HHDC Dedicates 1203 N California Avenue in Humboldt Park to Pedro Albizu Campos

1203 N California AvenueRendering of 1203 N California Avenue by Pappageorge Haymes Partners

Last week, the Hispanic Housing Development Corporation (HHDC) dedicated its 64-unit affordable housing building in Humboldt Park to Puerto Rican activist Pedro Albizu Campos. Notable city leaders, including Mayor Brandon Johnson and Alderperson Jessie Fuentes, were in attendance. The mixed-use building, which has reached full height, stands at 1203 N California Avenue across from the Humboldt Park grounds.

1203 N California Avenue. Photo by Jack Crawford

1203 N California Avenue. Photo by Jack Crawford

1203 N California Avenue. Photo by Jack Crawford

1203 N California Avenue. Photo by Jack Crawford

Designed by Pappageorge Haymes architects and built by Path Construction, the $40 million project is 60 percent complete and backed by various public and private entities, such as the City of Chicago Department of Housing, the Chicago Housing Authority, Merchants Capital, and ComEd’s Affordable Housing New Construction program.

HHDC CEO Hipolito Roldán speaking at the dedication. Photo by Jack Crawford

HHDC’s CEO, Hipolito “Paul” Roldan, stated during the dedication that the building serves as a testament to Chicago and the State of Illinois’ ongoing commitment to affordable housing. He underscored its strategic importance in stabilizing Humboldt Park and counteracting gentrification in the area. The structure also aims to preserve Paseo Boricua, a stretch of Division Street officially recognized by the State of Illinois as a Puerto Rican cultural boulevard.

Pedro Albizu Campos in 1936. Photo by The Associated Press

Pedro Albizu Campos (1893-1965) was the leader of the Puerto Rican Independence movement, touted as a champion for upholding Puerto Rican identity. Dedicating the affordable structure to Campos continues his legacy of upholding Puerto Rican values, this time by countering gentrification.

1203 N California Avenue. Photo by Jack Crawford

1203 N California Avenue. Photo by Jack Crawford

Since its 1975 founding, HHDC has developed 59 affordable housing projects across Chicago and other states. It currently manages over 8,000 units in 550 buildings and has a scholarship fund benefiting Latino graduate students in community development.

1203 N California Avenue. Photo by Jack Crawford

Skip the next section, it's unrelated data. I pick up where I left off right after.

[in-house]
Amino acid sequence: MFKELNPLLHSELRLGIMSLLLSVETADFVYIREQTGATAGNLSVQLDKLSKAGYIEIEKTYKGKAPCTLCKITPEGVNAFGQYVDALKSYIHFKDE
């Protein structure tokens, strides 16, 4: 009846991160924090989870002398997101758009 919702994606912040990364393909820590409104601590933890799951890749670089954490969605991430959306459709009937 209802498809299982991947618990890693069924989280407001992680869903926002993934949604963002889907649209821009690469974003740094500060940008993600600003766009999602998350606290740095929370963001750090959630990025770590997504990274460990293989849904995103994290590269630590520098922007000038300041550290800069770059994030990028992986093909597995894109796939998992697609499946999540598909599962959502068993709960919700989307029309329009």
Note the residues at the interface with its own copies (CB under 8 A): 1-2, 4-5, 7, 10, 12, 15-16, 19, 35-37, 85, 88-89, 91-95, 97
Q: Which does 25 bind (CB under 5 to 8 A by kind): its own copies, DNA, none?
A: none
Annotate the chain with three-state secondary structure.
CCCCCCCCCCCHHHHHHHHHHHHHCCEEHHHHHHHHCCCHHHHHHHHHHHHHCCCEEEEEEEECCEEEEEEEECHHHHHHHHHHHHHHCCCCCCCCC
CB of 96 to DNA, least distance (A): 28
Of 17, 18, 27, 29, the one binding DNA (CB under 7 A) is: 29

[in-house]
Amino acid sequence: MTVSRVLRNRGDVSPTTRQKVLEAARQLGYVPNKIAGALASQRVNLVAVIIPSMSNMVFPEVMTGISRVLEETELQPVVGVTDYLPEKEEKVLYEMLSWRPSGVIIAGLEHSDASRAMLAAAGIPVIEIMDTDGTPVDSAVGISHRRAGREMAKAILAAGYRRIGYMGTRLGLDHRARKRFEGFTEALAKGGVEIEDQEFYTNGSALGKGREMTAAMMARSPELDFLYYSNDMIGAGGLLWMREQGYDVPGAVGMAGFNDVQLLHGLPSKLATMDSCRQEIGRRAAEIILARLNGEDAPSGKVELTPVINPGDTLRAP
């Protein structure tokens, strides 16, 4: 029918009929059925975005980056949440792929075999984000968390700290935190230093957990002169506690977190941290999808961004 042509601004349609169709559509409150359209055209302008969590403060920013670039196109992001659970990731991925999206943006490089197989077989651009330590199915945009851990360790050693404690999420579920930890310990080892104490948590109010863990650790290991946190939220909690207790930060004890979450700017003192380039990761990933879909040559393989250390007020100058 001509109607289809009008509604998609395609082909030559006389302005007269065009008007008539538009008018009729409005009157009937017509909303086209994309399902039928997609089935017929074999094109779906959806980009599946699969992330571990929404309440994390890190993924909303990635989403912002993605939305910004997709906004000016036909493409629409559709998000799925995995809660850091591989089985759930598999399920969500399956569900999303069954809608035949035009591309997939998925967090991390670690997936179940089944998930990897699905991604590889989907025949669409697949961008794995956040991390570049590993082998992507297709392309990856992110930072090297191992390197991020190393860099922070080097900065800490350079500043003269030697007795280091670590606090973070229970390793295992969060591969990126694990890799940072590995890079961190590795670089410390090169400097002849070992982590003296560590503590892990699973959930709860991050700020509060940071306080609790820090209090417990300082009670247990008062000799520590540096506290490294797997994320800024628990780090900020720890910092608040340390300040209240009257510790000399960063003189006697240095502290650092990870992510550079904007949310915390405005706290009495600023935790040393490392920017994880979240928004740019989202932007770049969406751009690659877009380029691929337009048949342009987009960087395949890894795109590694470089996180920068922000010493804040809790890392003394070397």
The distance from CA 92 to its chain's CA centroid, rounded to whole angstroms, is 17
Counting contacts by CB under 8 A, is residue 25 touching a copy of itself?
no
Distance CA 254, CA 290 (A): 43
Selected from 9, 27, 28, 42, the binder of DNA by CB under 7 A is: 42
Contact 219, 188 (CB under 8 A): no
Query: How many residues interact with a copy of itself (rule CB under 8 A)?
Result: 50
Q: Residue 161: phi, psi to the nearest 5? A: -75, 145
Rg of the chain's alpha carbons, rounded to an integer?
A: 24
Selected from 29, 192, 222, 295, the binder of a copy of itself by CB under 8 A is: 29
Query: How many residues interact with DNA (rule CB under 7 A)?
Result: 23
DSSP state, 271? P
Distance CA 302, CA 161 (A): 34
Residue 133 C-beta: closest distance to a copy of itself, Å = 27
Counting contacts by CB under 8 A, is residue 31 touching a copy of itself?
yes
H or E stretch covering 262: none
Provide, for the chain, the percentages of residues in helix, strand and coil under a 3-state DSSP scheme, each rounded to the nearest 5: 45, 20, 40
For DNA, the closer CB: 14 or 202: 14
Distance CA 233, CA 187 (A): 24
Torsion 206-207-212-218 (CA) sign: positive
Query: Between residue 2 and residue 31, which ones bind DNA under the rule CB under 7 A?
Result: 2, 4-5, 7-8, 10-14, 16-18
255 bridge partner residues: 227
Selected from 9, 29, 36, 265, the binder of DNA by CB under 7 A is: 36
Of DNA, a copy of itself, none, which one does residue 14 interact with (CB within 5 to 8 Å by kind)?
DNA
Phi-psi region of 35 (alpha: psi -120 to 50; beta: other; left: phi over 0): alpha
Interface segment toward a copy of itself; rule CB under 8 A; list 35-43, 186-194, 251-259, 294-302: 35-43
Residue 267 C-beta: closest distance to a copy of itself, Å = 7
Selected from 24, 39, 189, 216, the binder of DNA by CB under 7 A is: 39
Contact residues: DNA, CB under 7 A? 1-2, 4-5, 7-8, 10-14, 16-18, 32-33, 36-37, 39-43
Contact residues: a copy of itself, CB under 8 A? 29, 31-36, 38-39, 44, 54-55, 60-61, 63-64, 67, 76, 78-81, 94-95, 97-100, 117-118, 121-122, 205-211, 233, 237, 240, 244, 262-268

The 83,000-square-foot Transit Oriented Development (TOD) features 2,500 square feet of retail space and several amenities like an outdoor terrace and communal spaces. It also includes 49 bicycle storage spots and 19 vehicle parking spaces with EV charging stations. Located near bus service for CTA Routes 70 and 94, the building provides convenient transit options. Completion is expected in 2024.

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8 Comments on "HHDC Dedicates 1203 N California Avenue in Humboldt Park to Pedro Albizu Campos"

  1. This project is so cool. Wish we had 100 more of them on every big intersection corner

  2. We need these everywhere, love how they have a Chicago theme. No reason we can’t implement modern and also keep our aesthetic and some art deco.

  3. Is this a “$40M project” or a “$29M TOD”?

  4. Looks like this will be a very attractive addition to the neighborhood, though it is surprising that what’s called “affordable” housing costs an average of $625,000 per unit ($40 million cost for 64 units). If these were market-rate sales, with a 10% to 12% profit margin, an estimated sale price would be about $700,000 per unit, and a buyer would need an income well above $100K.

  5. Almost $700K per unit?! Unconscionable how this can be considered affordable when market rate condo developments in other areas approach half those rate.

  6. Just a few quick thoughts:
    Just drove by and fully support the project and the fact it is affordable BUT the price tag is insane and the fact that this is 8 stories and no property with a 4 – block radius is more than 4 is absurd. If this can be done here let it be done on all the main major streets and watch the affordability issue in the city disappear organically.

  7. The city’s various departments involved in these buildings time after time devote money to putting up nice buildings. But they’re expensive so there are fewer of them.

    The City’s goal is not actually to build as many units as possible, it’s to build nice things the major will look good in front of when he cuts the ribbon.

    It’s a case of misplaced priorities.

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